It was 15 years ago that Elizabeth and Charles Handy wrote 'Reinvented Lives'. The book profiles 28 women who reinvented their lives at or around the age of 60. 'It must be a women thing,' I thought back then, 'because chaps stick to what they do best and do it until they drop.'
Of course I was wrong. But it was only when I expressed envy at the way Andrew Barnes has, at the age of 60, moved from leading a law firm to becoming Master of the Great Hospital, one of Norwich's finest institutions, that my wife pointed out that I too had reinvented myself. I've been too close to myself see what to others may be obvious.
After 30 years of supporting new or growing enterprises, often in the third sector; after writing 19 books and speaking at countless conferences and events, I have decided that I can make the greatest difference as a publisher.
Turnpike Press will publish books with the potential to make the world a better place. Each will be underwritten by organisations with a vested interest in the change the author is striving to bring about. They will fund the book and take the risk. They will also help reduce that risk by helping us to market the book. I hope all will see their investment returned, to fund the other work that they do.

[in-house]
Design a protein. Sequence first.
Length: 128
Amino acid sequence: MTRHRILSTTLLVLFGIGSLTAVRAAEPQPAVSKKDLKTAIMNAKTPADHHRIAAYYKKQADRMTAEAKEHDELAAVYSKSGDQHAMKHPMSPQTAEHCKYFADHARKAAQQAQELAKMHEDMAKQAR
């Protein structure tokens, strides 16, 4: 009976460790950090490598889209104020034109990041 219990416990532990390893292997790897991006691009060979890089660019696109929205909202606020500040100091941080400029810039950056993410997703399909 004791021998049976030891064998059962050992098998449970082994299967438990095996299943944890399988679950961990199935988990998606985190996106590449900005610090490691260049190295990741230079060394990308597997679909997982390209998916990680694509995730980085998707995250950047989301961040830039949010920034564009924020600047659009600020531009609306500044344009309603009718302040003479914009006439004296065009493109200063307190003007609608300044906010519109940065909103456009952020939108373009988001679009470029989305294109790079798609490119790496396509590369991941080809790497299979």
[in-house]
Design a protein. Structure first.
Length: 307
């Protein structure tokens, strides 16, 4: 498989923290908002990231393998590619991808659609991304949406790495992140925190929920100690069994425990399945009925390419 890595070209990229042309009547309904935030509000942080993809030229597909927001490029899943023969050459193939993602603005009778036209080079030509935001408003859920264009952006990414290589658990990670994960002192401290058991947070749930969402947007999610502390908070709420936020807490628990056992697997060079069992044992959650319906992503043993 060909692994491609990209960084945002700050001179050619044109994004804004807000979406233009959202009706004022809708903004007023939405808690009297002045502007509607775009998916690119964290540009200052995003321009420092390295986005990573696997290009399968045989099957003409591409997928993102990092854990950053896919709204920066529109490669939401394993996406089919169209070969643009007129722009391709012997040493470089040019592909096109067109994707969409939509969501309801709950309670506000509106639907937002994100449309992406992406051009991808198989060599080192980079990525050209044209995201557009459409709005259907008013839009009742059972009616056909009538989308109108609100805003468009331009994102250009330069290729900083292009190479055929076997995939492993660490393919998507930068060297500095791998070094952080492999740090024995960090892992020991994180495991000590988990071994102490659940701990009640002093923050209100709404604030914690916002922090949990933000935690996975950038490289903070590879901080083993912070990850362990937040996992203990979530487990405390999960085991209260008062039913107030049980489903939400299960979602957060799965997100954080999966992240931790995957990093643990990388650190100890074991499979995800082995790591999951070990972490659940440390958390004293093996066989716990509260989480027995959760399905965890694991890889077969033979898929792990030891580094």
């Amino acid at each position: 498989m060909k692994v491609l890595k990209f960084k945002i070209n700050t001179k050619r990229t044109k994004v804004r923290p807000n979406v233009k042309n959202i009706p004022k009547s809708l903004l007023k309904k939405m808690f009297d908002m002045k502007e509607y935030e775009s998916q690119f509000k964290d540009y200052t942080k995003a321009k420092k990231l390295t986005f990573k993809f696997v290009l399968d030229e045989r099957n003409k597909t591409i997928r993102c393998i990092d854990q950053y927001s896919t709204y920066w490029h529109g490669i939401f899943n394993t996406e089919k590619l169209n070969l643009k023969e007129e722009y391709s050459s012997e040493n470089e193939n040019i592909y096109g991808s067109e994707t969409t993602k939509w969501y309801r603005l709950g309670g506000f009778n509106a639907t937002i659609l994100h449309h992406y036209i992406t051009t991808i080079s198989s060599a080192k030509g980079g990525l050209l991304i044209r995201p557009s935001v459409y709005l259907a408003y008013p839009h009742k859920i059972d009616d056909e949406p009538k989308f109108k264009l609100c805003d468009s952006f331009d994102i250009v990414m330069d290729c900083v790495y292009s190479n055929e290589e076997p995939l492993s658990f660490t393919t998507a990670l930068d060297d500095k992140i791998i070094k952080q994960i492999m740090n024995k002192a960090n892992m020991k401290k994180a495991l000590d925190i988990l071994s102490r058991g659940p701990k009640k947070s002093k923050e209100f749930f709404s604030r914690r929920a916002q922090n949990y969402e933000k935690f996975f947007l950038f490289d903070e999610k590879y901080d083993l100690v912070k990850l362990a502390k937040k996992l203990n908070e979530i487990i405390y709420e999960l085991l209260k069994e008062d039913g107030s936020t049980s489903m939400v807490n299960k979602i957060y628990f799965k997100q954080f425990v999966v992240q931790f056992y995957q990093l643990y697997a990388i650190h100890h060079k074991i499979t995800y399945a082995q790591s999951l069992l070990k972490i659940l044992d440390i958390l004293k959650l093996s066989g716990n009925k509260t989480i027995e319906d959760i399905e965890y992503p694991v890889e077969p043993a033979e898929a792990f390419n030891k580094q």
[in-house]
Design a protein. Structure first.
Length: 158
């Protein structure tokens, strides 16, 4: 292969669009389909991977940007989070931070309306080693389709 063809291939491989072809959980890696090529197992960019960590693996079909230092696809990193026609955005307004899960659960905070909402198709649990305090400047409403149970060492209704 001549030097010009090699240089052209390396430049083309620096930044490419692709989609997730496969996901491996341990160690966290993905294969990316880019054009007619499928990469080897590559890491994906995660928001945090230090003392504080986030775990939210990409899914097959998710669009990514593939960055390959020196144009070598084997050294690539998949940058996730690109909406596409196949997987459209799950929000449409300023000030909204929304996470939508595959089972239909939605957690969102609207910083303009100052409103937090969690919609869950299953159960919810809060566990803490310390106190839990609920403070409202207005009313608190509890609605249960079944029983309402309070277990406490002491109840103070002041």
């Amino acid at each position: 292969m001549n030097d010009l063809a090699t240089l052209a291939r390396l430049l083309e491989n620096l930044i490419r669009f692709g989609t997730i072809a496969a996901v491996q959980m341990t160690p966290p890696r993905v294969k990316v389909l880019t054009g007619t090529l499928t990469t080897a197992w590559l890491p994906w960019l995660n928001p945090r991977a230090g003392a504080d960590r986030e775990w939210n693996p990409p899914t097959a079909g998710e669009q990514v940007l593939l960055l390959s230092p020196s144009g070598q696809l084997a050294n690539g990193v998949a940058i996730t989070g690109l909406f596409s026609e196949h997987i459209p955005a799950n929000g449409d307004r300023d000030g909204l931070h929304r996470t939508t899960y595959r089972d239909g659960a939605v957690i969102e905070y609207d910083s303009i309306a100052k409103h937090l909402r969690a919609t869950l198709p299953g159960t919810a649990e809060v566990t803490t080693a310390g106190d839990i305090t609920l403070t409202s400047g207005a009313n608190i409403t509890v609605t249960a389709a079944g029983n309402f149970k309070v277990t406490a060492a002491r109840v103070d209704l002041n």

Our first book is in production. It's a book on charity leadership, written for those striving to make a difference on a rapidly changing funding landscape.The second, will help parents and teenagers understand why growing up can be so tough. The author has lots of experience and a unique and very effective approach to reducing the growing demand for CAHMS (Child and Adolescent Mental Health Services).
Once a sponsor has been repaid, we will share the profit from a book's sales with the author 50:50. This can clearly be a good deal for the author when their book succeeds.
So I have reinvented myself at 60, or to be accurate, in the weeks before my 62nd birthday. Is it as Liz Handy suggests something we all do at around 60? I'd be interested to know if you've reinvented yourself too.